Matthew Crawley, “Downton Abbey,” PBS
Cause of death: Car accident
Eulogy: The loss of Sybil (Jessica Brown Findlay) was quite enough for us. But, taking away Matthew (Dan Stevens) was more than we could take in one season. The actor wanted out, we get it. But, that doesn’t mean we can’t mourn the man we had come to respect as the head of the manor and the Crawleys’ biggest hope for a future. And, don’t get us started on how invested we became in his and Mary’s love affair, their marriage and finally their child. It just wasn’t right.
Joss Carter, “Person of Interest,” CBS
Cause of death: Bullet to the chest
Eulogy: Many fans were caught off guard with this one, as Taraji P. Henson‘s Detective Joss Carter was slain by Simmons as she attempted to protect Reese and herself. But for Henson, at least, it was no surprise — and she was actually looking forward to her character being offed. “I knew when I signed onto the project that the character would have a beginning, middle and end,” Henson told late-night talk-show host David Letterman. “I do more feature films, and television’s really not my thing … I thought it would be the perfect venue for me to do a television show and not be stuck for seven years.”
Deb Morgan, “Dexter,” Showtime
Cause of death: Taken off life support after gunshot wound
Eulogy: Did Dexter Morgan (Michael C. Hall) finally pay the price for his life of serial killing serial killers? Nope, his poor sister did. Worse, not because Deb (Jennifer Carpenter) had to die, but because the series felt the need to do something big and dramatic for its final episode. Technically she was done in by a killer’s gunshot, and her brother taking her off life support. But really, she died of her TV show’s lack of inspiration.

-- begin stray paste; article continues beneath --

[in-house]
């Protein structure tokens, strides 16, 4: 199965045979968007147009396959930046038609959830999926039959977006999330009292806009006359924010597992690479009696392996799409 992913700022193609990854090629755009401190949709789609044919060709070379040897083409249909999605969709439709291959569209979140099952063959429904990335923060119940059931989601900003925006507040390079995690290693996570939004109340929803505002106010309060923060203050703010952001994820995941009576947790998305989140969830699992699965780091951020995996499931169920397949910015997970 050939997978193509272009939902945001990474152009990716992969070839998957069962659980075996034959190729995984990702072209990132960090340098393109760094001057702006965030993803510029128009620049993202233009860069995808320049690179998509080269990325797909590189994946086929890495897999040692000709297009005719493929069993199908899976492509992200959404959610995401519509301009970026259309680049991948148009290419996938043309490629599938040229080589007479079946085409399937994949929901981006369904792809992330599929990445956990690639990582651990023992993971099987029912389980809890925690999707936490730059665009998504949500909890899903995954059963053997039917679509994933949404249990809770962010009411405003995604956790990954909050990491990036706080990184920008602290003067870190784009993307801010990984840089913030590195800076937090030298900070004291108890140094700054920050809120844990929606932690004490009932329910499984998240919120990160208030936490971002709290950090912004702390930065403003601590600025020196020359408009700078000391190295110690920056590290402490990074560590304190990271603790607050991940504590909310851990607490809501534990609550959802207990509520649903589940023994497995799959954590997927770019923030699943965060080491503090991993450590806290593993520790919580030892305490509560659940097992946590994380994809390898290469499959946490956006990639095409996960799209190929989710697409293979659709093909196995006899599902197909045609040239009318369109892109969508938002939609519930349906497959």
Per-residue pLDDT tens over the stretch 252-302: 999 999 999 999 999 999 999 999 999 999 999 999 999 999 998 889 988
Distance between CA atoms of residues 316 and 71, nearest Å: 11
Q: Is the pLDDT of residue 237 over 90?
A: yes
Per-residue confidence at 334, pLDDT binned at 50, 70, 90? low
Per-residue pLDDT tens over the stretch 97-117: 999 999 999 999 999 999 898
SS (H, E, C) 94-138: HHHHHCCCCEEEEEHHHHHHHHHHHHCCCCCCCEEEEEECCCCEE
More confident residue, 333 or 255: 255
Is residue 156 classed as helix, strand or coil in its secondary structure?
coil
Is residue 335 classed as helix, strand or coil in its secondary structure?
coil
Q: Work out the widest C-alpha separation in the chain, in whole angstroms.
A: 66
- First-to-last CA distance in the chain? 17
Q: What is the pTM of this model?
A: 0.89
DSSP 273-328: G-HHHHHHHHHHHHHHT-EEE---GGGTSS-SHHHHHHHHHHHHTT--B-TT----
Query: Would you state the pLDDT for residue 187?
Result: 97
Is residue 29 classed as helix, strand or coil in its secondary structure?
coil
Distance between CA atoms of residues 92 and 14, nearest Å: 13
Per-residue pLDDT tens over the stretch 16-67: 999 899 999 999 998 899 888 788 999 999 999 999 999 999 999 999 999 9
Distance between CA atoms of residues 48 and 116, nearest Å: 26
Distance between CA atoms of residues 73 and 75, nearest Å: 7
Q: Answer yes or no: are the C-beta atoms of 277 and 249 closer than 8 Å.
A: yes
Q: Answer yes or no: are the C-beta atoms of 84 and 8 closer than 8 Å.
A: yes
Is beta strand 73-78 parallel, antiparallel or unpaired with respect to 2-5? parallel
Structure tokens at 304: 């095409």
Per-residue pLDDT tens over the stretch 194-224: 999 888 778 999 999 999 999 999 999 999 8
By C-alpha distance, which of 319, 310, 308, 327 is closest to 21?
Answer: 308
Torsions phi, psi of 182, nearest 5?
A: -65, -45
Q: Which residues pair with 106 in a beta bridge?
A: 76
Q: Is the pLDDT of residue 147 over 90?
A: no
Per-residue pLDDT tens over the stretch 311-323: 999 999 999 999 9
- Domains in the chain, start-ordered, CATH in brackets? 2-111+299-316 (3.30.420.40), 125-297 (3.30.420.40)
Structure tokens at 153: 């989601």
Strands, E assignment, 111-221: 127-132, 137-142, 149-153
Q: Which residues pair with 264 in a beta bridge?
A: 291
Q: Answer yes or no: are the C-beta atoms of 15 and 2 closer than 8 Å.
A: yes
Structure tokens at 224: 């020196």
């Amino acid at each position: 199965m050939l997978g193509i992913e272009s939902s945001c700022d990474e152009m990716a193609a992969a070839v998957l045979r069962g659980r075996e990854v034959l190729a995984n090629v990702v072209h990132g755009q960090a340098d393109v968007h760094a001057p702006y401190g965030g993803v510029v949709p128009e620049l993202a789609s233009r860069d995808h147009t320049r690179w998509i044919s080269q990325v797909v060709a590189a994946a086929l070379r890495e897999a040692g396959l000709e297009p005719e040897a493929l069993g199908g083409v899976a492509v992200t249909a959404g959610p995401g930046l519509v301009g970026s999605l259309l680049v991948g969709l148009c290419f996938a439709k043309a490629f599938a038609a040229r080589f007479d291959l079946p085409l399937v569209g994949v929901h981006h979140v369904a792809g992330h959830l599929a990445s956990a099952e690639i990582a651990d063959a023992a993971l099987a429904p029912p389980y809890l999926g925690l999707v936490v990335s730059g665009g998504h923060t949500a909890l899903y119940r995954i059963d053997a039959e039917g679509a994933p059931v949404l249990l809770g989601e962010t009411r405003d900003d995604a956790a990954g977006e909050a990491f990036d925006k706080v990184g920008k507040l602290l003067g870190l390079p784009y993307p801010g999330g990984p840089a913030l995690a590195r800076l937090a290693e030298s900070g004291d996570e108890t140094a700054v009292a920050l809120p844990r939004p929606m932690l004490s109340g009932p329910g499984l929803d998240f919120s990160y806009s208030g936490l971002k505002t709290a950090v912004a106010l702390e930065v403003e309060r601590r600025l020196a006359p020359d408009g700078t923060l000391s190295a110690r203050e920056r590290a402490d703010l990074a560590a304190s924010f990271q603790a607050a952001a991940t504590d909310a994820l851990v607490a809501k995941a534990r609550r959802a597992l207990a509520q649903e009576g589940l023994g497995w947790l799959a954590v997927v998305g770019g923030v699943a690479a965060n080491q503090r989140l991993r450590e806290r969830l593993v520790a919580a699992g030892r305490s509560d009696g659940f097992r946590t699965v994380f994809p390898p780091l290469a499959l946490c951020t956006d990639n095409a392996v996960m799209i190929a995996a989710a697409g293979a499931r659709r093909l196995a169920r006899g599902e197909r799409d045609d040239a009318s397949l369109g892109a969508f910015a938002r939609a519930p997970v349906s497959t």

Brian Griffin, “Family Guy,” Fox.
Cause of death: Hit by car
Eulogy: Is it weird to cry at the death of a cartoon dog in a comedy series? Don’t worry about it. Brian (Seth MacFarlane), the Griffin family dog on Fox’s “Family Guy,” was hit by a car and died from his injuries in a shocking episode. Mourn for him, yes — but that dog lived his 11 years. He drank hard, wrote two novels and hooked up with models. While bipedal and smarter than most characters on the show, Brian did his job as a true best friend to both Peter and Stewie. It was a tearful animated goodbye; Brian was truly irreplaceable to the Griffin clan. Oh wait, he was immediately replaced by new dog, Vinnie (Tony Sirico). Since the bipedal pooch’s death, a Change.org petition to bring him back quickly reached 5,000 signatures.